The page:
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Whether a man may merit perseverance?

Objection 1: It would seem that anyone may merit perseverance. For what a man obtains by asking, can come under the merit of anyone that is in grace. Now men obtain perseverance by asking it of God; otherwise it would be useless to ask it of God in the petitions of the Lord's Prayer, as Augustine says (De Dono Persev. ii). Therefore perseverance may come under the merit of whoever has grace.

Objection 2: Further, it is more not to be able to sin than not to sin. But not to be able to sin comes under merit, for we merit eternal life, of which impeccability is an essential part. Much more, therefore, may we merit not to sin, i.e. to persevere.

Objection 3: Further, increase of grace is greater than perseverance in the grace we already possess. But a man may merit an increase of grace, as was stated above (A[8]). Much more, therefore, may he merit perseverance in the grace he has already.

On the contrary, What we merit, we obtain from God, unless it is hindered by sin. Now many have meritorious works, who do not obtain perseverance; nor can it be urged that this takes place because of the impediment of sin, since sin itself is opposed to perseverance; and thus if anyone were to merit perseverance, God would not permit him to fall into sin. Hence perseverance does not come under merit.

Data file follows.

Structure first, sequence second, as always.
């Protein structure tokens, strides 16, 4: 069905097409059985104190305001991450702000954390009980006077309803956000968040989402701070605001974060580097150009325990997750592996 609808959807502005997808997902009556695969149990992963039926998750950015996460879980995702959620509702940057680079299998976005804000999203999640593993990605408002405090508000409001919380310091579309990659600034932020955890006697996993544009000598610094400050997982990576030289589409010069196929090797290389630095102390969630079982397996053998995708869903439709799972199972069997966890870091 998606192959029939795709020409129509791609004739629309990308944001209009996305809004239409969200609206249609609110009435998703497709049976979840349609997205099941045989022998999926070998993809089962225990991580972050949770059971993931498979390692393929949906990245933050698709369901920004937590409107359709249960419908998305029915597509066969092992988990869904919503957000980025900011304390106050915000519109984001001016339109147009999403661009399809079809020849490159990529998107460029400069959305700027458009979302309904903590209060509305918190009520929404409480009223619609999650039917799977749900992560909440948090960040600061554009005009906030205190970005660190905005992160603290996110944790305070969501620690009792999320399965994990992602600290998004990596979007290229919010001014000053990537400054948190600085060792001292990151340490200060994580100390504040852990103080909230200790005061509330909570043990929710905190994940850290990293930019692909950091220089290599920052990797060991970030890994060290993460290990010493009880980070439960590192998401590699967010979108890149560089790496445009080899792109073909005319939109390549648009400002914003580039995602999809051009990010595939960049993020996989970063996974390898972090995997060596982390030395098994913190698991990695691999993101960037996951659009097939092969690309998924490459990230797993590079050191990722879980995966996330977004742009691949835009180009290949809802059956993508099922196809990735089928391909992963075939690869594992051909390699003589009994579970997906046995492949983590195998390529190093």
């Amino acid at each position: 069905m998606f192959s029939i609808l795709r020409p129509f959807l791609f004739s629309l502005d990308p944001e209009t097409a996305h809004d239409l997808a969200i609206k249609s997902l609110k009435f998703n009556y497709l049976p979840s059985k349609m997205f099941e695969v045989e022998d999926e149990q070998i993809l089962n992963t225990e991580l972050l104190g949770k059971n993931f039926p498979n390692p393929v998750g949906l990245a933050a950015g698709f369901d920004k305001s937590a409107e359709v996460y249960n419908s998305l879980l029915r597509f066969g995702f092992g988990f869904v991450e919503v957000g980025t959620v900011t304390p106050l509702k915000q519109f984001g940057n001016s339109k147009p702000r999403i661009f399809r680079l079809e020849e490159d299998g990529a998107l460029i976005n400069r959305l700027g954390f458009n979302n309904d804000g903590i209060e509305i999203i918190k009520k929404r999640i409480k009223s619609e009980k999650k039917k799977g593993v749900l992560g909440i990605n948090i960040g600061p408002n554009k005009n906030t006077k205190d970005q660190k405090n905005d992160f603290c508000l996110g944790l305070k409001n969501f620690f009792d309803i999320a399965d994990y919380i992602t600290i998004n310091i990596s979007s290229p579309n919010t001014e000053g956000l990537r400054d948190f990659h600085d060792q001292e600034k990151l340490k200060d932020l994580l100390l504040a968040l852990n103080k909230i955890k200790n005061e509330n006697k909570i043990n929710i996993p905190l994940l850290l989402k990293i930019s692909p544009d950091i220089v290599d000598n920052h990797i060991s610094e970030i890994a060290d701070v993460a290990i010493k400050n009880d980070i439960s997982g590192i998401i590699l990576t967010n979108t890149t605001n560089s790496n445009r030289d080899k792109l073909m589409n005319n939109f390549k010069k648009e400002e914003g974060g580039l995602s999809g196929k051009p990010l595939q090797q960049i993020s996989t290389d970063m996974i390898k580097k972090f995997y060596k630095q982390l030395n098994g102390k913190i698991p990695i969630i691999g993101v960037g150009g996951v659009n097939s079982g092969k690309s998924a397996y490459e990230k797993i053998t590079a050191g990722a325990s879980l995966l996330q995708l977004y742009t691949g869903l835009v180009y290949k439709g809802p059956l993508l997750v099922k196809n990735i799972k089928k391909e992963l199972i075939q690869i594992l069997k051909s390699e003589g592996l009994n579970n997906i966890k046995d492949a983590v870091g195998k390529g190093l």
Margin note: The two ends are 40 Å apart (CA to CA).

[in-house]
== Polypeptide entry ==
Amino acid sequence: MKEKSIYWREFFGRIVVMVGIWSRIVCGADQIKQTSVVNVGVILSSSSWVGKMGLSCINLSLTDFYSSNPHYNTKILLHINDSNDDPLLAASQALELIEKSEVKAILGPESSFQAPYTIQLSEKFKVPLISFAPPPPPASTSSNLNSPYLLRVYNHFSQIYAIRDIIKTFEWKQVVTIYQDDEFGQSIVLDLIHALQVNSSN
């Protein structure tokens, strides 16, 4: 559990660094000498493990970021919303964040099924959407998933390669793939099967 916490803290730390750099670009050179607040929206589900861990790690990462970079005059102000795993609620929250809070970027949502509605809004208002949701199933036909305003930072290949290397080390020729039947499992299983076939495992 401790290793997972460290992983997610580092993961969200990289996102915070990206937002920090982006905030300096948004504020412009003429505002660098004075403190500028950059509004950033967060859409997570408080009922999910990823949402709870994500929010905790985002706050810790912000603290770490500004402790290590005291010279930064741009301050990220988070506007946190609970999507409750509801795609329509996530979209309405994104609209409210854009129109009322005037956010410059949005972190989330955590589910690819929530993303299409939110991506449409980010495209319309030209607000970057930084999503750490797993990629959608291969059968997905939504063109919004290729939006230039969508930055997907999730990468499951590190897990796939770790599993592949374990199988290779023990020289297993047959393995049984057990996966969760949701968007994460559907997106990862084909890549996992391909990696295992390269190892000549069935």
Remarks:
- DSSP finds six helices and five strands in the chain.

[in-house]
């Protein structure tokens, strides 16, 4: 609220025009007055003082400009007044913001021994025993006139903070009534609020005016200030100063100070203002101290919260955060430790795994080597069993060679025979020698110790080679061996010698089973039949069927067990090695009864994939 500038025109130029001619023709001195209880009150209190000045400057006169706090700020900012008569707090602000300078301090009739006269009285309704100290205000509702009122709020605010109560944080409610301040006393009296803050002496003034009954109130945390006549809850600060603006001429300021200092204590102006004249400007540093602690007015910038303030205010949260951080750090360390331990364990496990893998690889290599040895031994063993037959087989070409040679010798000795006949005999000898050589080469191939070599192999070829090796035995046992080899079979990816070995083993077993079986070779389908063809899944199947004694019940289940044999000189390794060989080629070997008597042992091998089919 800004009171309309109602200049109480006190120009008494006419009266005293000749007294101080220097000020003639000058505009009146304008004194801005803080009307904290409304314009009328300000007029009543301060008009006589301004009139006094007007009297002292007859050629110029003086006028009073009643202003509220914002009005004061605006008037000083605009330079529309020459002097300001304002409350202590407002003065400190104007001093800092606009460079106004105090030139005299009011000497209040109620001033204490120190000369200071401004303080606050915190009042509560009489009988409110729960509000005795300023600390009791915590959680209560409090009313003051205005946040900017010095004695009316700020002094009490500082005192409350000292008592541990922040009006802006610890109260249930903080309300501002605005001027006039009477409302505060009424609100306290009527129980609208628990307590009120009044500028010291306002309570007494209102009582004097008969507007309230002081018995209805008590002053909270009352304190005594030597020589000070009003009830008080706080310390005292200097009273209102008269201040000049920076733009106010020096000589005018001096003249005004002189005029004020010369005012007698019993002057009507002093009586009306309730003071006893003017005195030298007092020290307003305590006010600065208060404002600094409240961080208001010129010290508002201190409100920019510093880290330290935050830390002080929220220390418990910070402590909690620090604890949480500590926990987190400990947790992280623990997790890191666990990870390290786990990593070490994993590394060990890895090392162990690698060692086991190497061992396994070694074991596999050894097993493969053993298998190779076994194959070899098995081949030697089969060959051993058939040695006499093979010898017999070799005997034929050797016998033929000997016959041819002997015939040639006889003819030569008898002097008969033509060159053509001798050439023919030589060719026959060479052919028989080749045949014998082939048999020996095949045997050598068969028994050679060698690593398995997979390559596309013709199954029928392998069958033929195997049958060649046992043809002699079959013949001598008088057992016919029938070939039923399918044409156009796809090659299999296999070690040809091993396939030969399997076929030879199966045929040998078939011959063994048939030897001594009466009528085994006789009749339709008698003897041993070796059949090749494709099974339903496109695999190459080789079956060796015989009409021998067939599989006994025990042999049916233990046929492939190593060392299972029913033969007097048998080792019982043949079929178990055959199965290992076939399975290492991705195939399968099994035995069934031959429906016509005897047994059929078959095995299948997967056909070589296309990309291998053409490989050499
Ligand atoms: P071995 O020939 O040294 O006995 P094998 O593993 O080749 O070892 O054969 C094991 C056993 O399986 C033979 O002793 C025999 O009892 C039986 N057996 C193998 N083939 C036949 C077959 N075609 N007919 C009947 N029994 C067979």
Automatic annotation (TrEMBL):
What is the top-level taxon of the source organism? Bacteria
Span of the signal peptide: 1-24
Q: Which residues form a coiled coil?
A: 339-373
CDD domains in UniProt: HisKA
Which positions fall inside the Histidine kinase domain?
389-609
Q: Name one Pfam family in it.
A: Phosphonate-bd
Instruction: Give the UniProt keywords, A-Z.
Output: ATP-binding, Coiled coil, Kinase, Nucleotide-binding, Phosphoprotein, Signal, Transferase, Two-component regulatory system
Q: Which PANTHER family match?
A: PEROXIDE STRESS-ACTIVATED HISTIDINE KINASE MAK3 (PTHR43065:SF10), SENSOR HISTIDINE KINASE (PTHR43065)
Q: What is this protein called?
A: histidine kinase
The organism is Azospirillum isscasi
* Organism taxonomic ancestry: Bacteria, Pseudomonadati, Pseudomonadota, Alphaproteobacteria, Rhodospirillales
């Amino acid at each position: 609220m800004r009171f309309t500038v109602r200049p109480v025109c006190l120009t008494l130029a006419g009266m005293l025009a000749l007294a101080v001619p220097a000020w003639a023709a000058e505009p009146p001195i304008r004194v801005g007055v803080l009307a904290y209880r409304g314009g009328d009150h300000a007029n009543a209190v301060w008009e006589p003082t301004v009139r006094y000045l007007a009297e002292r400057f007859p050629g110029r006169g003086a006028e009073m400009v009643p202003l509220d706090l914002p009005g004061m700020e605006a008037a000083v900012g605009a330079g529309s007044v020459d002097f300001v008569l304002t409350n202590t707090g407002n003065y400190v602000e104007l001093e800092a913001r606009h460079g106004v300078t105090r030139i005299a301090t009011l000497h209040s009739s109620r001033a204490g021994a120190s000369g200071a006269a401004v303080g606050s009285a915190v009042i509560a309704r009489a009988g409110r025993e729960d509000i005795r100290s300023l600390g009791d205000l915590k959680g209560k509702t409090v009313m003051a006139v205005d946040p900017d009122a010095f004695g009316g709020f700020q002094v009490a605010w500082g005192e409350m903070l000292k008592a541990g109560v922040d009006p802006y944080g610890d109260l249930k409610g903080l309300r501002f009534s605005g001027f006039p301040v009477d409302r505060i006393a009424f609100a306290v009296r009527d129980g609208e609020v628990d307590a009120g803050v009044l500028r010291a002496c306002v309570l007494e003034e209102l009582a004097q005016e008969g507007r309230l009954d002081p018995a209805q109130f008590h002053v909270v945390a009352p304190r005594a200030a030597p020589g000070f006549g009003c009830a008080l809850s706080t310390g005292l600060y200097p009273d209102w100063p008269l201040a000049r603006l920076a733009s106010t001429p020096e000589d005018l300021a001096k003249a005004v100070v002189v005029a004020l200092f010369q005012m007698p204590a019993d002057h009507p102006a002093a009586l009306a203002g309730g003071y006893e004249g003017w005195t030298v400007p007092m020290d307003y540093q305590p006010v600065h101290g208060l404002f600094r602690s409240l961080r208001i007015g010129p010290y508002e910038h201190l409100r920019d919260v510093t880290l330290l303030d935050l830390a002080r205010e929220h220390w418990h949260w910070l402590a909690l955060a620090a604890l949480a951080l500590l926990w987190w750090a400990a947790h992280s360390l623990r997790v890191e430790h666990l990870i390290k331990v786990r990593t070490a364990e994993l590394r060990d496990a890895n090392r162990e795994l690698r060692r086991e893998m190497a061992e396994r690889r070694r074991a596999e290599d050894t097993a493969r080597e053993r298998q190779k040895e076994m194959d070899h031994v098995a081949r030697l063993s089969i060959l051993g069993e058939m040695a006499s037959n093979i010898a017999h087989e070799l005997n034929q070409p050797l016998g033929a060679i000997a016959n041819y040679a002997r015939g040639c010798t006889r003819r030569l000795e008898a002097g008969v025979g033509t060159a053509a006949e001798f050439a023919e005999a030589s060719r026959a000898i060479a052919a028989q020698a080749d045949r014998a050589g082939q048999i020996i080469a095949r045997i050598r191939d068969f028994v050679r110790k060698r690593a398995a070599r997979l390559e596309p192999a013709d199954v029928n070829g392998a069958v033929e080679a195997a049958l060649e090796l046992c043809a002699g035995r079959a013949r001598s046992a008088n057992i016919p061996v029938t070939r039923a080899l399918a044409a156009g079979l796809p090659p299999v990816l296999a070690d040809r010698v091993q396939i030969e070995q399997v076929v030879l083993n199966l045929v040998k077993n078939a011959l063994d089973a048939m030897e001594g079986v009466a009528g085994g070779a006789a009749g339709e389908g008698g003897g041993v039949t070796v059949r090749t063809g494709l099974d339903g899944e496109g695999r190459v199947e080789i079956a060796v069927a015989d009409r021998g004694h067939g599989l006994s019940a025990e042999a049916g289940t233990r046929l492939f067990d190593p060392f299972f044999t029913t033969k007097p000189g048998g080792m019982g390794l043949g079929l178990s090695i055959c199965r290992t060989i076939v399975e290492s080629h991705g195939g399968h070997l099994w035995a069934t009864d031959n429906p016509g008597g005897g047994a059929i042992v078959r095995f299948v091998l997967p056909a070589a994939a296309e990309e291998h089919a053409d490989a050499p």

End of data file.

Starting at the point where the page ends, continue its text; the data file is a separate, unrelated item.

I answer that, Since man's free-will is naturally flexible towards good and evil, there are two ways of obtaining from God perseverance in good: first, inasmuch as free-will is determined to good by consummate grace, which will be in glory; secondly, on the part of the Divine motion, which inclines man to good unto the end. Now as explained above (AA[6],7,8), that which is related as a term to the free-will's movement directed to God the mover, falls under human merit; and not what is related to the aforesaid movement as principle. Hence it is clear that the perseverance of glory which is the term of the aforesaid movement falls under merit; but perseverance of the wayfarer does not fall under merit, since it depends solely on the Divine motion, which is the principle of all merit. Now God freely bestows the good of perseverance, on whomsoever He bestows it.

Reply to Objection 1: We impetrate in prayer things that we do not merit, since God hears sinners who beseech the pardon of their sins, which they do not merit, as appears from Augustine [*Tract. xliv in Joan.] on Jn. 11:31, "Now we know that God doth not hear sinners," otherwise it would have been useless for the publican to say: "O God, be merciful to me a sinner," Lk. 18:13. So too may we impetrate of God in prayer the grace of perseverance either for ourselves or for others, although it does not fall under merit.

Reply to Objection 2: The perseverance which is in heaven is compared as term to the free-will's movement; not so, the perseverance of the wayfarer, for the reason given in the body of the article.

In the same way may we answer the third objection which concerns the increase of grace, as was explained above.

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